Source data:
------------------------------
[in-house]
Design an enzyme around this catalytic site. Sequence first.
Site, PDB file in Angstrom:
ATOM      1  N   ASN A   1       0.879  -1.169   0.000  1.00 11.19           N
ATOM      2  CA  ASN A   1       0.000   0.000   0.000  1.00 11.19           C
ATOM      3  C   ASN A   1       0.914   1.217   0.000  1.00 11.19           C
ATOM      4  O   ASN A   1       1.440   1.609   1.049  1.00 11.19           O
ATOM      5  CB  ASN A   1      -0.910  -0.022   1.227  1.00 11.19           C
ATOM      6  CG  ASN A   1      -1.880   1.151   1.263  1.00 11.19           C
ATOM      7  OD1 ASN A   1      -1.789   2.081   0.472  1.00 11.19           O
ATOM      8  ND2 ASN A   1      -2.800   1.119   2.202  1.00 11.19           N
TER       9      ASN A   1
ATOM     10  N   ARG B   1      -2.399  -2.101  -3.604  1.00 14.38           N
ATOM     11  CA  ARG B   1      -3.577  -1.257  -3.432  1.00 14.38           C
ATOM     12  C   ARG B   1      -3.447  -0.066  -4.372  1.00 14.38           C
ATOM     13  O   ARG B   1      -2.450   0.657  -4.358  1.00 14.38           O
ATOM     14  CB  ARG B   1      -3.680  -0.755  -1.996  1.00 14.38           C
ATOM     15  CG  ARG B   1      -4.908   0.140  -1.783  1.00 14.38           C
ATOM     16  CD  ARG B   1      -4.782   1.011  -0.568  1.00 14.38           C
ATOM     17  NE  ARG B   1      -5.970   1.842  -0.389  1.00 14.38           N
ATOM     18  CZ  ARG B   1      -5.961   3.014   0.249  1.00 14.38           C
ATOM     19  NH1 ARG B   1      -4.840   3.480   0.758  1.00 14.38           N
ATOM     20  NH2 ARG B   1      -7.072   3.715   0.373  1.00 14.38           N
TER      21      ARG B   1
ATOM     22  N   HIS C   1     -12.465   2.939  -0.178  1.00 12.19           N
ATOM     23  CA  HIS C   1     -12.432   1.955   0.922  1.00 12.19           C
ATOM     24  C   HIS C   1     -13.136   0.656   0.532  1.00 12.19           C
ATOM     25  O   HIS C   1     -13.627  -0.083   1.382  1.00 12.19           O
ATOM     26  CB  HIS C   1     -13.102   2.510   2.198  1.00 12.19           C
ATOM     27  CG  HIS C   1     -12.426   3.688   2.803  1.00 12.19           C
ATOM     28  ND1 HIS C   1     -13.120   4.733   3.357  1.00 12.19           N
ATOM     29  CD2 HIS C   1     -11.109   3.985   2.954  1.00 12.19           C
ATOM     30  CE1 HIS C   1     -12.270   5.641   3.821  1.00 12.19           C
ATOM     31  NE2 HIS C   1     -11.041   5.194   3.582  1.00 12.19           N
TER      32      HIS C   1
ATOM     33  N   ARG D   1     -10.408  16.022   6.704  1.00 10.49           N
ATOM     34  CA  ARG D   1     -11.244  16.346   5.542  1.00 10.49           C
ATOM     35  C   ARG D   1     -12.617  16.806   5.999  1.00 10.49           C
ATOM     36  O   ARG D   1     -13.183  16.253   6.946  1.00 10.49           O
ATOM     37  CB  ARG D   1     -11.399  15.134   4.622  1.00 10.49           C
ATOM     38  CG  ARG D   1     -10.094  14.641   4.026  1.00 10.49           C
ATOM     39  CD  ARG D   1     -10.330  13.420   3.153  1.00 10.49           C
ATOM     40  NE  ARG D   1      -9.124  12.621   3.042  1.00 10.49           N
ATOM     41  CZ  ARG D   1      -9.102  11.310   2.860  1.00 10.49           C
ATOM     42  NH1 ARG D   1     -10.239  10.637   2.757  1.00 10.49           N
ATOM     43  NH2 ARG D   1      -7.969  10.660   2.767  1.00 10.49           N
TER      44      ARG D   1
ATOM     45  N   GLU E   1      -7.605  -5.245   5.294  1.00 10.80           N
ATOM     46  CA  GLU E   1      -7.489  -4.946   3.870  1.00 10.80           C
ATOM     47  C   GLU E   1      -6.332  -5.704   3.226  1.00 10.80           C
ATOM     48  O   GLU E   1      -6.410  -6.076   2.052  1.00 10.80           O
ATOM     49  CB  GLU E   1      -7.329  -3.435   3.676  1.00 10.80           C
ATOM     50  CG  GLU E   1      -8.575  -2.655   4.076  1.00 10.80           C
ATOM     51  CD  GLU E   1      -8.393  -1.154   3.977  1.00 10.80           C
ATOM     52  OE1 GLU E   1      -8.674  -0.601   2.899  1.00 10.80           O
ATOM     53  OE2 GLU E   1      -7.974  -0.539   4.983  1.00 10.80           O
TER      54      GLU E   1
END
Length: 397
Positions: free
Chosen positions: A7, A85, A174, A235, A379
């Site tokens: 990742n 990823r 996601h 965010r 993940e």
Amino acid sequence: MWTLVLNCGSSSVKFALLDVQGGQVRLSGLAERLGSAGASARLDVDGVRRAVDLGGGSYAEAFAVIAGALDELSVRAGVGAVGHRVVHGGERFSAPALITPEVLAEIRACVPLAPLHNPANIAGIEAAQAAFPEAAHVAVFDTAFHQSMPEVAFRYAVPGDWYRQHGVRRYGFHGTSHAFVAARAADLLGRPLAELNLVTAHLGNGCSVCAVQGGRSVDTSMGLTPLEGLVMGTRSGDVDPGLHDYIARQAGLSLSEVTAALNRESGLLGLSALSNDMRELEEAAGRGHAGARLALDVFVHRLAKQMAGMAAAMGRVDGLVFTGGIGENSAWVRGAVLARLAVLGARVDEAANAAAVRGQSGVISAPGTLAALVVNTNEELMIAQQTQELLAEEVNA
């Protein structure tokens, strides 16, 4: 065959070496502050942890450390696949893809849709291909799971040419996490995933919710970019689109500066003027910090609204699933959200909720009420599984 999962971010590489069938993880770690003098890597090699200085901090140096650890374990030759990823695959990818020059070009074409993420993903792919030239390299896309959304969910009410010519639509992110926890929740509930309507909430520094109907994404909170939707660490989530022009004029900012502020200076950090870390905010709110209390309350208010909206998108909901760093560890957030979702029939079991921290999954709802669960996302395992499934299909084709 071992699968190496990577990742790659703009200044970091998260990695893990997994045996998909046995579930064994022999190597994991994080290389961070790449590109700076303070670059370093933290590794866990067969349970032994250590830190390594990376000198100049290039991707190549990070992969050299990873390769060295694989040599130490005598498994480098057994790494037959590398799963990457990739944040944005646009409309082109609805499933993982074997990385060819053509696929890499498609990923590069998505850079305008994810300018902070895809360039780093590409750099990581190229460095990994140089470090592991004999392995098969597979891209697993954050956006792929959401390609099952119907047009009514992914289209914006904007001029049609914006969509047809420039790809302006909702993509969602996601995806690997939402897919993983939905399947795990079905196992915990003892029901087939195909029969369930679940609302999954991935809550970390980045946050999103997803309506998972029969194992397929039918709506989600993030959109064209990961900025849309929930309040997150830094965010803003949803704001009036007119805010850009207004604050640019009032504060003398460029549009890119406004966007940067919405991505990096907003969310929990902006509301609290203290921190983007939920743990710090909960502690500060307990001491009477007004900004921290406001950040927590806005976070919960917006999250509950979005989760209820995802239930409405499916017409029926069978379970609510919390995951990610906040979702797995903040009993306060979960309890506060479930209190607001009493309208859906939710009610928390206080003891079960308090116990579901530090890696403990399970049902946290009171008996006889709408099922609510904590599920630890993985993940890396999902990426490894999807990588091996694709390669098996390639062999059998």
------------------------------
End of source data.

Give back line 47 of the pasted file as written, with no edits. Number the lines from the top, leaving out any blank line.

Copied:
TER      44      ARG D   1